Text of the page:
Diversity was the theme at the start of this year’s Primetime Emmys ceremony, which kicked off with a tongue-in-cheek song-and-dance number in which Kenan Thompson, Kate McKinnon and a variety of other Emmy nominated celebs congratulated the Emmys for their inclusive slate of nominees — “We solved it!” But that theme was somewhat overshadowed by a fast-paced ceremony that took risks — some more successful than others — and gave us some jaw-dropping surprise winners as well as some truly memorable speeches.
“Saturday Night Live’s” “Weekend Update” anchors Colin Jost and Michael Che served as the evening’s hosts, delivering an opening monologue that was charming, but safe. Mentions of the #MeToo movement were only tangential, particularly when they mentioned that attendees were allowed to bring drinks into the auditorium. “Because the one thing Hollywood needs right now is people losing their inhibitions at a work function,” joked Jost. But those hoping for jabs at Les Moonves came away disappointed. One has to wonder if the hosts were cautioned to avoid going for the jugular, which would have given the evening a much-needed edge.
Despite the safe nature of the material, Jost and Che were largely successful as hosts. In what is becoming a common theme at the Emmys, the rise of streaming television was the subject of one of Che’s best lines. After proclaiming that NBC received the most nominations for a broadcast network, Che equated that with “being the sexiest person on life support. It’s not great.”
Che also scored a comic hit with an inspired segment where he presented a “Reparations Emmy” — apparently stealing it from Bill Cosby — to previously unrewarded black performers including Marla Gibbs, Jimmie Walker, Kadeem Hardison and Tichina Arnold. The highlight of the segment was Che and comedian Jermaine Fowler claiming that Bryan Cranston only won his Emmys because he’s white. The camera panned to Cranston in the background, proving that the man can get a laugh without even uttering a word.
Certain bits fell completely flat. The hosts brought out Maya Rudolph and Fred Armisen as “Emmy Experts.” The joke was apparently that they didn’t know anything about the Emmys. But what exactly was the point?
Meanwhile, the telecast took a unique approach to presenting the nominees in each category, with the offstage announcer reading the nominees, followed by the presenters merely sauntering on and reading the winner. While this may have helped streamline the broadcast, it also threw the ceremony off-balance. It also occasionally highlighted the awkwardness of what little banter the presenters were given. Certain presenters were stuck with the standard platitudes, and some who tried to be funny didn’t really pull it off — did Sandra Oh really need to rip up the envelope for Best Comedy Directing?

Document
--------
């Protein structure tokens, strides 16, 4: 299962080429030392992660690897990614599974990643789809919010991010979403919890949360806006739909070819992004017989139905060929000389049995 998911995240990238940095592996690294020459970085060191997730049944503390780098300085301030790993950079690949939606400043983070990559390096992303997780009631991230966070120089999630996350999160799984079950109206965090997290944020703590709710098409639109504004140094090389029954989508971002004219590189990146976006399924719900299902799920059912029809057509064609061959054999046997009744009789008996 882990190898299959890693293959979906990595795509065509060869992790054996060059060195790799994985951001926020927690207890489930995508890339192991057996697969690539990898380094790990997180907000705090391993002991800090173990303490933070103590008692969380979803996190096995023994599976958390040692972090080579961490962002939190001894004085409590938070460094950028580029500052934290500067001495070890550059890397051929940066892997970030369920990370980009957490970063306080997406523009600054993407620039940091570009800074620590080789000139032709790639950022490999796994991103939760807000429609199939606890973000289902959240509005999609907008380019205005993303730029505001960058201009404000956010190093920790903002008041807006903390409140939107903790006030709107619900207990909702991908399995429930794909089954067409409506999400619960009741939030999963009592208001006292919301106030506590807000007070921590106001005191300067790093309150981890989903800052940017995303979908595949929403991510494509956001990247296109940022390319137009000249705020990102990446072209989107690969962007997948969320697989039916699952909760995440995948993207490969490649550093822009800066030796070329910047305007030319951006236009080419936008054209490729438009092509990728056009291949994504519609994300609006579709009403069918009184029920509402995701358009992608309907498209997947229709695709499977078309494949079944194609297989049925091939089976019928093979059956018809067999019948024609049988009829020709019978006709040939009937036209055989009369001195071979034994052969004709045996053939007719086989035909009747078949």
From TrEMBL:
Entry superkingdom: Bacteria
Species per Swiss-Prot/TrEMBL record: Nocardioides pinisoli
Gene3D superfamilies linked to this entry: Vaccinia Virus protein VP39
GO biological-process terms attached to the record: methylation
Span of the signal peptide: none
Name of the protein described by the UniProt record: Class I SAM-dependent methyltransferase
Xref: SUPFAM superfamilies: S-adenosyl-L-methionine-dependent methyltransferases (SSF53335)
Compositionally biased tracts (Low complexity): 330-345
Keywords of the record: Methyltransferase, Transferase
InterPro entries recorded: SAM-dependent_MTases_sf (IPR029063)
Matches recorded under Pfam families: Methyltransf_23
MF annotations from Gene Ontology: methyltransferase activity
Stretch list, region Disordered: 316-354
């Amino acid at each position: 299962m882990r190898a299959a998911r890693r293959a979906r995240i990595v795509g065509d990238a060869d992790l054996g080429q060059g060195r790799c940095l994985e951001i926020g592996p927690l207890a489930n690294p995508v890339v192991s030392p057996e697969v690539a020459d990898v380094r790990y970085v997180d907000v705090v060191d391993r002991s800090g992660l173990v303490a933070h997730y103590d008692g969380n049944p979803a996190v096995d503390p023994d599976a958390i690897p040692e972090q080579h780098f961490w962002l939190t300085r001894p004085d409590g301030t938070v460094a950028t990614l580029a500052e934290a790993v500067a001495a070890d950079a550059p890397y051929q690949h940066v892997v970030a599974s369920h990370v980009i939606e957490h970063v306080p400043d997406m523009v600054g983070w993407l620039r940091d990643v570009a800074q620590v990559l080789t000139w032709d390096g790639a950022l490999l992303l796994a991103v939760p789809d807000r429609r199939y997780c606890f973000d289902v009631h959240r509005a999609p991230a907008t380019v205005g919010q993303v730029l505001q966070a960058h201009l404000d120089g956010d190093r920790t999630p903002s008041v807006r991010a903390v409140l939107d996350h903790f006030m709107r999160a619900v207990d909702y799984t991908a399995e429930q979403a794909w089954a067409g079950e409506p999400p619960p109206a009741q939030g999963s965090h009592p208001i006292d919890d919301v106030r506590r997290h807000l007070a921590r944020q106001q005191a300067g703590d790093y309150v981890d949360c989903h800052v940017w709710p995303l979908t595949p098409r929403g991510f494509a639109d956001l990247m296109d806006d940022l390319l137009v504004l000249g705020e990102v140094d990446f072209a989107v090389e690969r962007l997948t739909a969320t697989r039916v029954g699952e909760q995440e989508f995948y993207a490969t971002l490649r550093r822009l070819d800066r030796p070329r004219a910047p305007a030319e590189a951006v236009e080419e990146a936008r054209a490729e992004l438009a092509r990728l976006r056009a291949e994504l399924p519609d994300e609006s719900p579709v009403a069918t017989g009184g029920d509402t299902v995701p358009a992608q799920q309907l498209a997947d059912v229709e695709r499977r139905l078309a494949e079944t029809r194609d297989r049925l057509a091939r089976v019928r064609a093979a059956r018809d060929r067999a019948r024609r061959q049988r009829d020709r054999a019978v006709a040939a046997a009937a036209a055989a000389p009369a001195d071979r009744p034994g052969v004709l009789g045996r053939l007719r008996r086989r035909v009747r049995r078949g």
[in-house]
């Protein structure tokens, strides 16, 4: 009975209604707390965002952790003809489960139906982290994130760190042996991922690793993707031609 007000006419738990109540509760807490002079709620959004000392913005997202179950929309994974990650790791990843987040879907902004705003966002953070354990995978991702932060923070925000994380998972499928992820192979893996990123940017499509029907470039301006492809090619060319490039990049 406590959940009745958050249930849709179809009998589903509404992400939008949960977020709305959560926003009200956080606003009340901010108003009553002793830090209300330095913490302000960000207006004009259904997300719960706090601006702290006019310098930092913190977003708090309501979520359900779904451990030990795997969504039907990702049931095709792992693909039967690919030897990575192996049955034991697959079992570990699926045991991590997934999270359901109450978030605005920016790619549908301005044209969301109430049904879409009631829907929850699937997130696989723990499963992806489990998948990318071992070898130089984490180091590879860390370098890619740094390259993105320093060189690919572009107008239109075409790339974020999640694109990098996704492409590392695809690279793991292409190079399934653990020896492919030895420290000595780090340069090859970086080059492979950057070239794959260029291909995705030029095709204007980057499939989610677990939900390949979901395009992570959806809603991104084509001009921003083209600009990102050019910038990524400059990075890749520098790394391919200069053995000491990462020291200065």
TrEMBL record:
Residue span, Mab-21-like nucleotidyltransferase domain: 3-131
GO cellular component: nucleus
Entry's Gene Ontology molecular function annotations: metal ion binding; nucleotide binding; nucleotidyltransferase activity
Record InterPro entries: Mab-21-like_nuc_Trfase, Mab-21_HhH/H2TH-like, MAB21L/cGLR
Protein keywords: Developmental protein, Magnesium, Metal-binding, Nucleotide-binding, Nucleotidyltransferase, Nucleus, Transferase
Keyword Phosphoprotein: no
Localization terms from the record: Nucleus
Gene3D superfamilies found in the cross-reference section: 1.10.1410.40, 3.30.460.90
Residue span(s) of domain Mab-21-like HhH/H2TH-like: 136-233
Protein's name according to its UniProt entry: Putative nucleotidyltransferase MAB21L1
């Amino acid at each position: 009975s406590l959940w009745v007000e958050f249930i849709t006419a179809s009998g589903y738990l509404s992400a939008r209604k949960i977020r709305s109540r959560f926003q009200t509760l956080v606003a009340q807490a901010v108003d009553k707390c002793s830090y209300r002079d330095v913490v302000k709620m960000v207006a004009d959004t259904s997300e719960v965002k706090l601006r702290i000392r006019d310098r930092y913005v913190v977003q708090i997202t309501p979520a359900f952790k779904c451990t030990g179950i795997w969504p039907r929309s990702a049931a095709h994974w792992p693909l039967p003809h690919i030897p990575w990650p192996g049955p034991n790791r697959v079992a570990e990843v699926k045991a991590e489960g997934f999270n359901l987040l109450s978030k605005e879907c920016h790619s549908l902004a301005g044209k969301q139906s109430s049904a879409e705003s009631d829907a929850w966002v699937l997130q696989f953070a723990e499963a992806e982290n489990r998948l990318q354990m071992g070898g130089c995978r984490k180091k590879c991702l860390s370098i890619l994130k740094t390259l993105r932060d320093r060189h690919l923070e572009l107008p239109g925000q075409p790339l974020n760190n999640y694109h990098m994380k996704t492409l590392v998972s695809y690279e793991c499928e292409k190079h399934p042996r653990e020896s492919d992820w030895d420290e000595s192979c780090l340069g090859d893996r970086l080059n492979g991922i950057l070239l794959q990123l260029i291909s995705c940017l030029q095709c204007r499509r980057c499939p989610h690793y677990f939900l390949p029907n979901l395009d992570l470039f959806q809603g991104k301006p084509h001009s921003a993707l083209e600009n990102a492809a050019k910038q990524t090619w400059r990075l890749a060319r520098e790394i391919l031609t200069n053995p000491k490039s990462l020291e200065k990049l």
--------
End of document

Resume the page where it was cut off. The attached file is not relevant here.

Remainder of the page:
Also, can we institute a rule where presenters have to learn how to pronounce the winners’ names? First Tracy Morgan stumbled over Best Comedy Supporting Actress winner Alex Borstein (“The Marvelous Mrs. Maisel”). Then recent EGOT-recipient John Legend butchered “Godless” winner Merritt Wever‘s name. And in Best Comedy Actress, Rachel Brosnahan (“Maisel”) was the first winner in the last seven years not to be named Julia Louis-Dreyfus. So it kind of took away from the moment when presenters Tiffany Haddish and Angela Bassett took turns mispronouncing her name.
But some of the presenters managed to make the most of their appearances. Michael Douglas killed with a funny rant imploring the losers to hold onto the rage of their losses. Aidy Bryant and Bob Odenkirk were hilarious in their deliberately stilted presentation of Best Movie/Mini Writing. And can we start a petition to have RuPaul and Leslie Jones present every award from now on?
The show was ultimately elevated by some truly lovely acceptance speeches. Best Comedy Supporting Actor winner Henry Winkler (“Barry”) brought the audience to its feet twice thanks to a boisterous and exuberant speech that was, by his count, 43 years in the making. Brosnahan used her speech to encourage people to vote in the upcoming midterm elections. At 96 years-old, television icon Betty White proved that she could still make an audience laugh. And in perhaps the upset of the night, nobody was more shocked and overjoyed about Regina King‘s Best Movie/Mini Actress win than the winner herself.
But who would have thought that the highlight of the night would be Best Variety Special Directing winner Glenn Weiss (“The Oscars”)? He began his speech by honoring his late mother, only to turn right around and propose to his girlfriend from the Emmy stage, and gave her his mother’s wedding ring! For a man who directs awards shows, he certainly knew how to create the perfect Emmy moment.